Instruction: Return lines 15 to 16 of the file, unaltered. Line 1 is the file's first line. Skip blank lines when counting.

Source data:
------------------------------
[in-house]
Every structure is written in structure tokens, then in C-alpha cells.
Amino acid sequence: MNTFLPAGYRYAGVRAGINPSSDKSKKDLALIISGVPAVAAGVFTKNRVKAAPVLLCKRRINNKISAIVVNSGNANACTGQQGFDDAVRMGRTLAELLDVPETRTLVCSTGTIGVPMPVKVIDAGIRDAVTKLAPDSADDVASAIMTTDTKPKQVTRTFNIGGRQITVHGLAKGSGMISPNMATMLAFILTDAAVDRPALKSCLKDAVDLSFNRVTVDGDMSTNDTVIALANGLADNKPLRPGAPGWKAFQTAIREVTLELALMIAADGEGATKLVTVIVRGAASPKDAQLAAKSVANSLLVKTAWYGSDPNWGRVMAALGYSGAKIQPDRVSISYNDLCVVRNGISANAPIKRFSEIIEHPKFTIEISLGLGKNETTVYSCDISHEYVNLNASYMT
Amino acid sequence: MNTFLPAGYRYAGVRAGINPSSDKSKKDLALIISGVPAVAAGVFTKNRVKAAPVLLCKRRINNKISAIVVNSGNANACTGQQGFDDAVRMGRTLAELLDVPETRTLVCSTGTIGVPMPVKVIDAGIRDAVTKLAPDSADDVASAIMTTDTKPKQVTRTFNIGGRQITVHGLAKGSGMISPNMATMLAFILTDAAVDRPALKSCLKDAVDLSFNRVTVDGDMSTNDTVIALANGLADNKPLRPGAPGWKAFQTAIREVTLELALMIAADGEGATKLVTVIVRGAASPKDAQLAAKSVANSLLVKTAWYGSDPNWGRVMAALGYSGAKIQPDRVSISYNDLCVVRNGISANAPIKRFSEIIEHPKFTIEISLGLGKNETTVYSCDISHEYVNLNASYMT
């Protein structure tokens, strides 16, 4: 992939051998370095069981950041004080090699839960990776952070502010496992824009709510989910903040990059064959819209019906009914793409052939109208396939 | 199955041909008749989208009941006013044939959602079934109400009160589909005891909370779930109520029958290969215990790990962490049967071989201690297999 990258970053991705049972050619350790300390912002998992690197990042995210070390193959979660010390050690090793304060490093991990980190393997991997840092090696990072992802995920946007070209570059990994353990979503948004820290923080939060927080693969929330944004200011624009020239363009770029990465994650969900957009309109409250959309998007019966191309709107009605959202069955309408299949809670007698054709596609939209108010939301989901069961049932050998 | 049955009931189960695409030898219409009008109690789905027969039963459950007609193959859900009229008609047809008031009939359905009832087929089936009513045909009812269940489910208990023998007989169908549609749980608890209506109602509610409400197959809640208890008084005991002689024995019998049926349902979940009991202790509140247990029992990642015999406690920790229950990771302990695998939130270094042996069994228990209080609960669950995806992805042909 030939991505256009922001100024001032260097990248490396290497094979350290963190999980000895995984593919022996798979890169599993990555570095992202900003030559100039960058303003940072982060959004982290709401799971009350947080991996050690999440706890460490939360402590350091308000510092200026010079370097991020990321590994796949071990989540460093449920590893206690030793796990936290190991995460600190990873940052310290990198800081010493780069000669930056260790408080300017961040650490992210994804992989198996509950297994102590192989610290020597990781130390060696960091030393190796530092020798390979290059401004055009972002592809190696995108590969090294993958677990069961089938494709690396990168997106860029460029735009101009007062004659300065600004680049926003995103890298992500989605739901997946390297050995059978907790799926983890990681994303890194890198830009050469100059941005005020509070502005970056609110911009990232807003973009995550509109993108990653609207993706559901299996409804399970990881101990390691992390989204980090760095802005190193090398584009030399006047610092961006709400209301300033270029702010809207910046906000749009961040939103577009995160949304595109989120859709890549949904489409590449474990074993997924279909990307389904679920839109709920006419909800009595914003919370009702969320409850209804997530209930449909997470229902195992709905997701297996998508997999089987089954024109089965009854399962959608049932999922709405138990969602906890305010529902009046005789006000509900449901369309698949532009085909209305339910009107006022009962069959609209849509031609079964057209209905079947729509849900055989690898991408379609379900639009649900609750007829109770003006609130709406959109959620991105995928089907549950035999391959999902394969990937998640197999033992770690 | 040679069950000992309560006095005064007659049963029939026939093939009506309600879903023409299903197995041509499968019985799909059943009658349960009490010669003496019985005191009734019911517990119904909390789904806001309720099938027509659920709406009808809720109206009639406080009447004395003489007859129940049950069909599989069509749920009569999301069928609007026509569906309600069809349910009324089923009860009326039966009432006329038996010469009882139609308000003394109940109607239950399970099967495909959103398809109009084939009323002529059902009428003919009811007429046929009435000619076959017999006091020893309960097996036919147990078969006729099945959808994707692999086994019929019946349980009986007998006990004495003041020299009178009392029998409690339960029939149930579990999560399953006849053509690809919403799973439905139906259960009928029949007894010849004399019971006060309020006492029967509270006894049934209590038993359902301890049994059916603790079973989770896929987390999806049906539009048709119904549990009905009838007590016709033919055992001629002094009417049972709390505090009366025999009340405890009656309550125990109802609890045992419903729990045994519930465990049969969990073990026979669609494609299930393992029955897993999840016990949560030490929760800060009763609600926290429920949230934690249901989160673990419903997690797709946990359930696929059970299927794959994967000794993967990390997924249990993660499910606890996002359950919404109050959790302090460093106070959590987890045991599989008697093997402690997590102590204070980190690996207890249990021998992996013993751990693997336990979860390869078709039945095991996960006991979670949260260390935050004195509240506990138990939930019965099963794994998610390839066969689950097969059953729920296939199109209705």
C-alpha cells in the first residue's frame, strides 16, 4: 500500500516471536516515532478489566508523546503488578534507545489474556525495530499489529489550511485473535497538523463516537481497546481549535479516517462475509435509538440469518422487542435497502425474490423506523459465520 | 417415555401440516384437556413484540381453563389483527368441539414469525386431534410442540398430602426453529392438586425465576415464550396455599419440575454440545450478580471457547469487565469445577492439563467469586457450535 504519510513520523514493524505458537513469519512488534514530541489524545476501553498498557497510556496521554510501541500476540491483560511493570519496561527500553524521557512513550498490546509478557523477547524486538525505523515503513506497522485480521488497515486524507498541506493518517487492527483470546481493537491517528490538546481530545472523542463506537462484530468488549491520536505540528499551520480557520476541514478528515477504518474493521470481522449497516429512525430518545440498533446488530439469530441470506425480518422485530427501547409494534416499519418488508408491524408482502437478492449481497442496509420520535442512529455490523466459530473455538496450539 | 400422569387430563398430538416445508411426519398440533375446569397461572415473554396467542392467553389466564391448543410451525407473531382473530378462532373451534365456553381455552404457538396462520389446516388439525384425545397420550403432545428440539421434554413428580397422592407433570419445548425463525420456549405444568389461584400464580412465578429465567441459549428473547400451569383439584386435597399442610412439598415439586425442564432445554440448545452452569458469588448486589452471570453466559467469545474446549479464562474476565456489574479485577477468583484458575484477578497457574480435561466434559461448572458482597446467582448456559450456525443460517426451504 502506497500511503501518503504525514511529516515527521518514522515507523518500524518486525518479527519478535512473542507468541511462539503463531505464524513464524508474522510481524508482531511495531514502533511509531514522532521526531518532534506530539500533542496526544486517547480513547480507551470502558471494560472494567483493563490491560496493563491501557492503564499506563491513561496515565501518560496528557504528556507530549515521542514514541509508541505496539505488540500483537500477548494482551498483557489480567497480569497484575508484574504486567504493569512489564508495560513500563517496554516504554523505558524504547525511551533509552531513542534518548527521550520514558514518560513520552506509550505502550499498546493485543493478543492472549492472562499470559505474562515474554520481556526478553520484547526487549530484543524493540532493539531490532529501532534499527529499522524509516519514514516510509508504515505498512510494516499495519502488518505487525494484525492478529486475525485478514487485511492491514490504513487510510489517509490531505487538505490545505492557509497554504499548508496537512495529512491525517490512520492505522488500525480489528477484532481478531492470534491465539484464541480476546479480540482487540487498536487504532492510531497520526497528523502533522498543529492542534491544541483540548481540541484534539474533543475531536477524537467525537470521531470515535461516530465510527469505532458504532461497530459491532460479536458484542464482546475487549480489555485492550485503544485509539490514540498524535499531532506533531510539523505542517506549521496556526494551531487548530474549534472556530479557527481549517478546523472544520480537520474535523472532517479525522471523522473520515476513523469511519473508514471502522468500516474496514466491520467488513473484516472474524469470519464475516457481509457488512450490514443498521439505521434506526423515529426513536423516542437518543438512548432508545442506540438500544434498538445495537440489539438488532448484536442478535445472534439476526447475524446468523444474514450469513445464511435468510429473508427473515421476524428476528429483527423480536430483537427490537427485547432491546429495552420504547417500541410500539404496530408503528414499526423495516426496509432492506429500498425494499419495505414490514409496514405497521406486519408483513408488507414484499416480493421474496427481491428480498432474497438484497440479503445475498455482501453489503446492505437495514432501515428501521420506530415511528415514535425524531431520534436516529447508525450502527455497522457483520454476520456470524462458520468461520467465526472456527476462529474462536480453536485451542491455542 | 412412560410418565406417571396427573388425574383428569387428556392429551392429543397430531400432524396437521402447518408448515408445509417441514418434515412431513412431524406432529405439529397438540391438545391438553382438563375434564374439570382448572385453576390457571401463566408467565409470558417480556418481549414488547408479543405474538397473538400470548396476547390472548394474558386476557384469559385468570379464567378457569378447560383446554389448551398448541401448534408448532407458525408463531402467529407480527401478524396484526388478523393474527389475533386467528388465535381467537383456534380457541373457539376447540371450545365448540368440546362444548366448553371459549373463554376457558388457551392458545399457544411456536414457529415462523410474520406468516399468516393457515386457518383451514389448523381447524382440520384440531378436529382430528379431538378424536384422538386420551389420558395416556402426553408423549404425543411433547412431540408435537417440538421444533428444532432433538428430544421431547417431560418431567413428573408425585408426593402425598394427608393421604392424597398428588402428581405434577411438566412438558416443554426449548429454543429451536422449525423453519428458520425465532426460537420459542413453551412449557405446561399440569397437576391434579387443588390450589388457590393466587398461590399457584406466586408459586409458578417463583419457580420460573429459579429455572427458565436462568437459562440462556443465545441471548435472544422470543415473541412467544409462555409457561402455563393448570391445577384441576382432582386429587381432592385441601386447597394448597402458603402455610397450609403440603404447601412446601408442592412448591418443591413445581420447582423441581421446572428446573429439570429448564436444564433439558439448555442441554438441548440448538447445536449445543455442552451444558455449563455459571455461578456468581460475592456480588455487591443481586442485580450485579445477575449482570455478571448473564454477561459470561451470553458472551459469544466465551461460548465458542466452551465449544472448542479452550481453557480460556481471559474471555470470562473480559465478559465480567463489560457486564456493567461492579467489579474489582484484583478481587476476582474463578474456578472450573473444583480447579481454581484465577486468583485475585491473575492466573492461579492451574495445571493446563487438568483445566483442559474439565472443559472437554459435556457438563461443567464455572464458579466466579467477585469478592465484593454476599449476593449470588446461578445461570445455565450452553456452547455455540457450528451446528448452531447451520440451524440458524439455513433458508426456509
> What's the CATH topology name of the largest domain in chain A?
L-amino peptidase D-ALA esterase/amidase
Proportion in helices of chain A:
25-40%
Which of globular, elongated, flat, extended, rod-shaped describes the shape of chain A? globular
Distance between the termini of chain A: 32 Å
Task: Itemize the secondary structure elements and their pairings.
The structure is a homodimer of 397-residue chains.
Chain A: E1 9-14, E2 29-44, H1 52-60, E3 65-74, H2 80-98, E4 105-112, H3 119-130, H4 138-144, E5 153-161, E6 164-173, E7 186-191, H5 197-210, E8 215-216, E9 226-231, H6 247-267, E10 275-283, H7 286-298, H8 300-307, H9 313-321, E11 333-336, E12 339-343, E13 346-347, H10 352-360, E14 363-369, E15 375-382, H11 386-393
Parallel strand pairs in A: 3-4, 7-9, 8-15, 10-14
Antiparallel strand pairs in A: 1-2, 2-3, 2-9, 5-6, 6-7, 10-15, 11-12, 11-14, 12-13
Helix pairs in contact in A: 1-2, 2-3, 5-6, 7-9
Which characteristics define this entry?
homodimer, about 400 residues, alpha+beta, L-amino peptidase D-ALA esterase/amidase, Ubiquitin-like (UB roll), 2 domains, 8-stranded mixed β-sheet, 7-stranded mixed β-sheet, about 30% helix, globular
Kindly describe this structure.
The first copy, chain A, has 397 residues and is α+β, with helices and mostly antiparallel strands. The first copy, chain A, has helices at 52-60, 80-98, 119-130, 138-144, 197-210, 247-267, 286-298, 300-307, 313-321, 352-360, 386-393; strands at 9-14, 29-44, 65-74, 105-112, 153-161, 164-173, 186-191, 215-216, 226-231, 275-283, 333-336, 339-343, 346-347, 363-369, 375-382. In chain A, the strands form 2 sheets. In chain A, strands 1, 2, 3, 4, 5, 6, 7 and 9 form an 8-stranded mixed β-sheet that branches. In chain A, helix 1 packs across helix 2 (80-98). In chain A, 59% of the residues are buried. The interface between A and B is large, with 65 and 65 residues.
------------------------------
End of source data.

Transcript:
Chain A: E1 9-14, E2 29-44, H1 52-60, E3 65-74, H2 80-98, E4 105-112, H3 119-130, H4 138-144, E5 153-161, E6 164-173, E7 186-191, H5 197-210, E8 215-216, E9 226-231, H6 247-267, E10 275-283, H7 286-298, H8 300-307, H9 313-321, E11 333-336, E12 339-343, E13 346-347, H10 352-360, E14 363-369, E15 375-382, H11 386-393
Parallel strand pairs in A: 3-4, 7-9, 8-15, 10-14